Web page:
Thread: Stall Ball ...
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Old Sun Jan 13, 2019, 04:33pm
BigCat BigCat is offline
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Originally Posted by ilyazhito View Post
I disagree. I work high school games with a shot clock in DC, and I see a better product than in the non-shot clock high school games I work in VA. The shot clock allows me to more easily break the game down into smaller pieces and concentrate more on calling each piece correctly, it helps me to be more time aware in case a correction needs to be made, and there are fewer deliberate end-of-game fouls in the shot clock contests that I have worked. The shot clock is also a balancer, because the advantage is currently skewed to the offense in terms of dictating the pace of the game in games without a shot clock. With the shot clock, a neutral object dictates the pace of the game, not either team, so you won't have 40+ second possessions that are, in my experience, not usually productive. As an official, shot clocks also simplify other rules (I have a visual reference for 10-second counts, even if I might be required to make a visible count (no requirement in DC), 5-second counts on the dribble mare often eliminated in shot clock games, such as in DC), so I would be on board with it. Yes, there are incompetent tables, both with shot clocks and without shot clocks, but the shot clock will not by itself make or break the quality of the table personnel. Therefore, I believe that the shot clock would be a net positive.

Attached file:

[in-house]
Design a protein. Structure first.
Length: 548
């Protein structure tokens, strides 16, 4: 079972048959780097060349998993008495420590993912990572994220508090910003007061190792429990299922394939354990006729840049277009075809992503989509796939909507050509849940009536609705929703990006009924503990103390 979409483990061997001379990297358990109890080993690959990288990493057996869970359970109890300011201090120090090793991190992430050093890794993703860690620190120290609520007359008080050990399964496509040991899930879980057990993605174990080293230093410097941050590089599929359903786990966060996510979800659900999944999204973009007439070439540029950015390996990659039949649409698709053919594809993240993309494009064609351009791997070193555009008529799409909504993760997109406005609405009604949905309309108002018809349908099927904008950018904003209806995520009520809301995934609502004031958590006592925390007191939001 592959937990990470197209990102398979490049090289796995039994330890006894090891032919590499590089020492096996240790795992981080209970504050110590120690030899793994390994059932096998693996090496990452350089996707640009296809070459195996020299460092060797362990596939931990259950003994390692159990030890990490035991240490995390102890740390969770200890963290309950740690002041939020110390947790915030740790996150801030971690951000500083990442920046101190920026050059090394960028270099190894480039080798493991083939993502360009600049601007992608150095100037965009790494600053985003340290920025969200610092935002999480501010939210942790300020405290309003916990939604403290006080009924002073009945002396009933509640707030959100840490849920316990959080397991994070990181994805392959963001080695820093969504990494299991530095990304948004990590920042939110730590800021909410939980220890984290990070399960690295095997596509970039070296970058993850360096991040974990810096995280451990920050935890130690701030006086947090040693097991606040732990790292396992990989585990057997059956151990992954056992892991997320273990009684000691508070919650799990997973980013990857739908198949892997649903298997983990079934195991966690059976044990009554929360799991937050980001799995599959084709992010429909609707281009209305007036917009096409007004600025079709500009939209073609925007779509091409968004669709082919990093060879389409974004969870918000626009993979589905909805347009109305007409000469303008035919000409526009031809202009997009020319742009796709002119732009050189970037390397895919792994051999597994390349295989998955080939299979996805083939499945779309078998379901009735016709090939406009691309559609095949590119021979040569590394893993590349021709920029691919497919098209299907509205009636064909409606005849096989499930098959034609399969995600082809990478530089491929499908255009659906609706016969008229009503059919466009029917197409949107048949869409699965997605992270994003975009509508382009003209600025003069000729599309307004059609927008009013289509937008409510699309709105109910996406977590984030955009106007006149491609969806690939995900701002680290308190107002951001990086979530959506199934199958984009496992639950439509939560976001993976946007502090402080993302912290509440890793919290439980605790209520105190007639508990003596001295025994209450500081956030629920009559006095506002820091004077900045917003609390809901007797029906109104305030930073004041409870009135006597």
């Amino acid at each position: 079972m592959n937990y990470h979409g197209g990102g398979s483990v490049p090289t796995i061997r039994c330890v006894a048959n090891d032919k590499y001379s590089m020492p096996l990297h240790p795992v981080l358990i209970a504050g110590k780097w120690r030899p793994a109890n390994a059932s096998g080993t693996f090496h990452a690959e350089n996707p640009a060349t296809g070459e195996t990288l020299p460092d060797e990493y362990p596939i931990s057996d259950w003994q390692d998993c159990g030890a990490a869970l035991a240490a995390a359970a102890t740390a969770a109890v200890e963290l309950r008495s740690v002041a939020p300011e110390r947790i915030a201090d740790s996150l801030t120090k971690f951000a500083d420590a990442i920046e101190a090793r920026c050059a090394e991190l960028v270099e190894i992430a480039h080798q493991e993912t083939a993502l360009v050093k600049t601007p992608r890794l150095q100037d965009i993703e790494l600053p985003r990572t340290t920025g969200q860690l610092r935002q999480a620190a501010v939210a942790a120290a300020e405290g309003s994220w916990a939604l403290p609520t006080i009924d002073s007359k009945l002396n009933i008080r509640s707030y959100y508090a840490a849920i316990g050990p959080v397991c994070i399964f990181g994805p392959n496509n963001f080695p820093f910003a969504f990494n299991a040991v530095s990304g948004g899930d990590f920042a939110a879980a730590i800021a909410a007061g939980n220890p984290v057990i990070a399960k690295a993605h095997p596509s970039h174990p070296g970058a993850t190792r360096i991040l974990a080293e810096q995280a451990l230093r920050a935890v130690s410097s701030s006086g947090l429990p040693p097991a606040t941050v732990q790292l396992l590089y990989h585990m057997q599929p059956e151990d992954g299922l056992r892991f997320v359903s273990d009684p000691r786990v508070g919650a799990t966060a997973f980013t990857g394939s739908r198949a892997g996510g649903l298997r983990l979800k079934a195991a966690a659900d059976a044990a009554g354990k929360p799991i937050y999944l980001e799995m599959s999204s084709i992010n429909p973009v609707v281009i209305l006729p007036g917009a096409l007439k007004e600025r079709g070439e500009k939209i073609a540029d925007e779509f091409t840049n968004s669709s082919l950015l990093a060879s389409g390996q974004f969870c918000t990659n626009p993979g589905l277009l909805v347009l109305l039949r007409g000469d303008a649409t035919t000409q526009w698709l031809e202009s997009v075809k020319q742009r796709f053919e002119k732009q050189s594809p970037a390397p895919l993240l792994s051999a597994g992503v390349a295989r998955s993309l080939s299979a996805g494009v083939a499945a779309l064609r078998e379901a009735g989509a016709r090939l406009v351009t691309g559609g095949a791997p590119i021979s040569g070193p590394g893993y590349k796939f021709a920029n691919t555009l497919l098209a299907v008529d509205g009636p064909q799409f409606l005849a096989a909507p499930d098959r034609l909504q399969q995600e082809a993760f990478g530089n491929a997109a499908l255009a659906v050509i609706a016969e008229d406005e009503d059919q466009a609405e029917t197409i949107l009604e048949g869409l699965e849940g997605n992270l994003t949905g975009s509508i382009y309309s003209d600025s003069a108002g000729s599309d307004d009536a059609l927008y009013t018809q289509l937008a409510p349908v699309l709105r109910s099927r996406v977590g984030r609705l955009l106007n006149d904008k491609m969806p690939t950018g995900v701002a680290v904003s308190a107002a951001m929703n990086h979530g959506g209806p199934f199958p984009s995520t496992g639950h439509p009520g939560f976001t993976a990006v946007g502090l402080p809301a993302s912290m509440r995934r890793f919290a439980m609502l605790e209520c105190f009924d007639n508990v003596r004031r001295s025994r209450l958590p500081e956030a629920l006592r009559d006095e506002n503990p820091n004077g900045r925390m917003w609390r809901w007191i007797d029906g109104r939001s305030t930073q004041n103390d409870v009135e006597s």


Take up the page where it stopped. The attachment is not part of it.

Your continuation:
Way too many big words for me in your post....tell it to me like I’m a 6th grader..��. Shot clocks simply encourage more shots.. up and down play. That is/was exciting when it’s done well. Unfortunately, I see teams rush from end to end and it’s turnover to turnover. Bad shot to bad shot. . No real offense run. If my team is truly better than yours I will pressure you everywhere. If your good enough to hold the ball vs my pressure and win 10-4 then u deserve it.
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